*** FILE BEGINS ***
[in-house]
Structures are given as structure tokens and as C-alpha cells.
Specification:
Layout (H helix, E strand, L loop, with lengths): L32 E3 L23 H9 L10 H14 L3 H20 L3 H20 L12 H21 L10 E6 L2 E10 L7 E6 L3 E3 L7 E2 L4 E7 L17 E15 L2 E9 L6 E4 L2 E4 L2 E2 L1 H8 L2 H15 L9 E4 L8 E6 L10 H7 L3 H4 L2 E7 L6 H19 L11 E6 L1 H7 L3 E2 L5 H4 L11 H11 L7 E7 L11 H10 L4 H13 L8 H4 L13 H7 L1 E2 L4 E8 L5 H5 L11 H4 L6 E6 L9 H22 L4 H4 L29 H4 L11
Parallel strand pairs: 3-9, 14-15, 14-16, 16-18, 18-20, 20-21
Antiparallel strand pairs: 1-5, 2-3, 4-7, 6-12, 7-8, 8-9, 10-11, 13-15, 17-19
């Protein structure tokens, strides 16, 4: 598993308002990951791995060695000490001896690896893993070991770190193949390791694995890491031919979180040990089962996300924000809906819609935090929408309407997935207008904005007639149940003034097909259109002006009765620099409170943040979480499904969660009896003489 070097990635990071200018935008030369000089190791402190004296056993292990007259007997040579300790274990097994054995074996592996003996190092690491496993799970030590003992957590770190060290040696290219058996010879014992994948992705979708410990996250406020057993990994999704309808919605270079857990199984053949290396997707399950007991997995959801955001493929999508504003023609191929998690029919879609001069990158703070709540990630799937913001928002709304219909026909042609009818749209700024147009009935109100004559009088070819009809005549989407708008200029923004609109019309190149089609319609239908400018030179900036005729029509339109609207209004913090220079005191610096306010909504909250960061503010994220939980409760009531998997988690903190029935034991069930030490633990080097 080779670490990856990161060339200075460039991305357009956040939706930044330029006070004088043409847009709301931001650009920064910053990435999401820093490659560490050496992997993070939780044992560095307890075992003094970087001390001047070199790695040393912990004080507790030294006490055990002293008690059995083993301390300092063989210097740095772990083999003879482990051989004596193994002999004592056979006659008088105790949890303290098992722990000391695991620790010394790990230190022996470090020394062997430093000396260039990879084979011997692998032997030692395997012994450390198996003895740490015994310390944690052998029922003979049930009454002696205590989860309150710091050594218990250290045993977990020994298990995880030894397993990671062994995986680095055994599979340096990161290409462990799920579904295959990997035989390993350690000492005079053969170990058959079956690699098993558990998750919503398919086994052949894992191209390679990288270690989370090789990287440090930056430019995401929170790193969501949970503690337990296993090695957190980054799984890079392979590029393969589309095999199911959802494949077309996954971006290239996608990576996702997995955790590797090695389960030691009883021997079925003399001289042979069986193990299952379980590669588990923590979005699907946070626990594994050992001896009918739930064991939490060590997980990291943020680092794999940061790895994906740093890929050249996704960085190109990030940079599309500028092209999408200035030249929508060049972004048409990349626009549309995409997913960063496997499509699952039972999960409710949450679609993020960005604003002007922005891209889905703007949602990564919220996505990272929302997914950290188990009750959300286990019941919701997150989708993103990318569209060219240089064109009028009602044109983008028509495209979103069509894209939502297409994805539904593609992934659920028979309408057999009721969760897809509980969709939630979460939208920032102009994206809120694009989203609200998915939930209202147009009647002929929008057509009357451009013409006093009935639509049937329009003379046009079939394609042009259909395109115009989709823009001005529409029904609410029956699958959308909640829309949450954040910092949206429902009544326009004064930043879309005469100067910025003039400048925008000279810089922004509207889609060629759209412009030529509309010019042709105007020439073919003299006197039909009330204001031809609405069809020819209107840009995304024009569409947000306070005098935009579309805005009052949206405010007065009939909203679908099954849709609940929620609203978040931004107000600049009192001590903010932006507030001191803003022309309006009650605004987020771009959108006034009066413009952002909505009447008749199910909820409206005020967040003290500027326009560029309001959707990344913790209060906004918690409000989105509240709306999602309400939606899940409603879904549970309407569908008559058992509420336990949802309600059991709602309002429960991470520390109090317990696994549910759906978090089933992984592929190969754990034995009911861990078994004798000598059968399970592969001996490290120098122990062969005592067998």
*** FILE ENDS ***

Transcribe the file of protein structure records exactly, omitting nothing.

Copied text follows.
[in-house]
Structures are given as structure tokens and as C-alpha cells.
Specification:
Layout (H helix, E strand, L loop, with lengths): L32 E3 L23 H9 L10 H14 L3 H20 L3 H20 L12 H21 L10 E6 L2 E10 L7 E6 L3 E3 L7 E2 L4 E7 L17 E15 L2 E9 L6 E4 L2 E4 L2 E2 L1 H8 L2 H15 L9 E4 L8 E6 L10 H7 L3 H4 L2 E7 L6 H19 L11 E6 L1 H7 L3 E2 L5 H4 L11 H11 L7 E7 L11 H10 L4 H13 L8 H4 L13 H7 L1 E2 L4 E8 L5 H5 L11 H4 L6 E6 L9 H22 L4 H4 L29 H4 L11
Parallel strand pairs: 3-9, 14-15, 14-16, 16-18, 18-20, 20-21
Antiparallel strand pairs: 1-5, 2-3, 4-7, 6-12, 7-8, 8-9, 10-11, 13-15, 17-19
């Protein structure tokens, strides 16, 4: 598993308002990951791995060695000490001896690896893993070991770190193949390791694995890491031919979180040990089962996300924000809906819609935090929408309407997935207008904005007639149940003034097909259109002006009765620099409170943040979480499904969660009896003489 070097990635990071200018935008030369000089190791402190004296056993292990007259007997040579300790274990097994054995074996592996003996190092690491496993799970030590003992957590770190060290040696290219058996010879014992994948992705979708410990996250406020057993990994999704309808919605270079857990199984053949290396997707399950007991997995959801955001493929999508504003023609191929998690029919879609001069990158703070709540990630799937913001928002709304219909026909042609009818749209700024147009009935109100004559009088070819009809005549989407708008200029923004609109019309190149089609319609239908400018030179900036005729029509339109609207209004913090220079005191610096306010909504909250960061503010994220939980409760009531998997988690903190029935034991069930030490633990080097 080779670490990856990161060339200075460039991305357009956040939706930044330029006070004088043409847009709301931001650009920064910053990435999401820093490659560490050496992997993070939780044992560095307890075992003094970087001390001047070199790695040393912990004080507790030294006490055990002293008690059995083993301390300092063989210097740095772990083999003879482990051989004596193994002999004592056979006659008088105790949890303290098992722990000391695991620790010394790990230190022996470090020394062997430093000396260039990879084979011997692998032997030692395997012994450390198996003895740490015994310390944690052998029922003979049930009454002696205590989860309150710091050594218990250290045993977990020994298990995880030894397993990671062994995986680095055994599979340096990161290409462990799920579904295959990997035989390993350690000492005079053969170990058959079956690699098993558990998750919503398919086994052949894992191209390679990288270690989370090789990287440090930056430019995401929170790193969501949970503690337990296993090695957190980054799984890079392979590029393969589309095999199911959802494949077309996954971006290239996608990576996702997995955790590797090695389960030691009883021997079925003399001289042979069986193990299952379980590669588990923590979005699907946070626990594994050992001896009918739930064991939490060590997980990291943020680092794999940061790895994906740093890929050249996704960085190109990030940079599309500028092209999408200035030249929508060049972004048409990349626009549309995409997913960063496997499509699952039972999960409710949450679609993020960005604003002007922005891209889905703007949602990564919220996505990272929302997914950290188990009750959300286990019941919701997150989708993103990318569209060219240089064109009028009602044109983008028509495209979103069509894209939502297409994805539904593609992934659920028979309408057999009721969760897809509980969709939630979460939208920032102009994206809120694009989203609200998915939930209202147009009647002929929008057509009357451009013409006093009935639509049937329009003379046009079939394609042009259909395109115009989709823009001005529409029904609410029956699958959308909640829309949450954040910092949206429902009544326009004064930043879309005469100067910025003039400048925008000279810089922004509207889609060629759209412009030529509309010019042709105007020439073919003299006197039909009330204001031809609405069809020819209107840009995304024009569409947000306070005098935009579309805005009052949206405010007065009939909203679908099954849709609940929620609203978040931004107000600049009192001590903010932006507030001191803003022309309006009650605004987020771009959108006034009066413009952002909505009447008749199910909820409206005020967040003290500027326009560029309001959707990344913790209060906004918690409000989105509240709306999602309400939606899940409603879904549970309407569908008559058992509420336990949802309600059991709602309002429960991470520390109090317990696994549910759906978090089933992984592929190969754990034995009911861990078994004798000598059968399970592969001996490290120098122990062969005592067998």